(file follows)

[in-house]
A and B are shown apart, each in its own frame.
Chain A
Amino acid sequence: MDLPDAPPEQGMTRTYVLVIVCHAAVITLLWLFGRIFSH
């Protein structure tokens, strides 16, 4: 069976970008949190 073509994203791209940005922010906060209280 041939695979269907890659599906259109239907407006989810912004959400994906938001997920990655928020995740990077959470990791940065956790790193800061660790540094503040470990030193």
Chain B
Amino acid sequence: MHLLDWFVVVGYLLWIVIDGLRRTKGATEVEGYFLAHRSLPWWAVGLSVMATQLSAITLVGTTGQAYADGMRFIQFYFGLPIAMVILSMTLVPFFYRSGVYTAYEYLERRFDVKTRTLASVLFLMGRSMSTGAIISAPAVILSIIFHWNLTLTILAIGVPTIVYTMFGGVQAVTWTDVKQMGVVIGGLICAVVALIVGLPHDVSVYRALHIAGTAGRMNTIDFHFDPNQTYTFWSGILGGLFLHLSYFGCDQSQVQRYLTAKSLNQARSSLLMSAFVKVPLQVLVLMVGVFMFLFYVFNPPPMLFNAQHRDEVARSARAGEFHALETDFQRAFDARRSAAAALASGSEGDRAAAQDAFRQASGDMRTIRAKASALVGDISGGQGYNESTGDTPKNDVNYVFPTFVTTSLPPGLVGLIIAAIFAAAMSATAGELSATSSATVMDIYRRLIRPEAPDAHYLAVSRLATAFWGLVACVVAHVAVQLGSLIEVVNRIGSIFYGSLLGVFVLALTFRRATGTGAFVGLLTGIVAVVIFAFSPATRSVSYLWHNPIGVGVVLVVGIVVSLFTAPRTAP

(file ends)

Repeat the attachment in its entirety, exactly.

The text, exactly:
[in-house]
A and B are shown apart, each in its own frame.
Chain A
Amino acid sequence: MDLPDAPPEQGMTRTYVLVIVCHAAVITLLWLFGRIFSH
């Protein structure tokens, strides 16, 4: 069976970008949190 073509994203791209940005922010906060209280 041939695979269907890659599906259109239907407006989810912004959400994906938001997920990655928020995740990077959470990791940065956790790193800061660790540094503040470990030193």
Chain B
Amino acid sequence: MHLLDWFVVVGYLLWIVIDGLRRTKGATEVEGYFLAHRSLPWWAVGLSVMATQLSAITLVGTTGQAYADGMRFIQFYFGLPIAMVILSMTLVPFFYRSGVYTAYEYLERRFDVKTRTLASVLFLMGRSMSTGAIISAPAVILSIIFHWNLTLTILAIGVPTIVYTMFGGVQAVTWTDVKQMGVVIGGLICAVVALIVGLPHDVSVYRALHIAGTAGRMNTIDFHFDPNQTYTFWSGILGGLFLHLSYFGCDQSQVQRYLTAKSLNQARSSLLMSAFVKVPLQVLVLMVGVFMFLFYVFNPPPMLFNAQHRDEVARSARAGEFHALETDFQRAFDARRSAAAALASGSEGDRAAAQDAFRQASGDMRTIRAKASALVGDISGGQGYNESTGDTPKNDVNYVFPTFVTTSLPPGLVGLIIAAIFAAAMSATAGELSATSSATVMDIYRRLIRPEAPDAHYLAVSRLATAFWGLVACVVAHVAVQLGSLIEVVNRIGSIFYGSLLGVFVLALTFRRATGTGAFVGLLTGIVAVVIFAFSPATRSVSYLWHNPIGVGVVLVVGIVVSLFTAPRTAP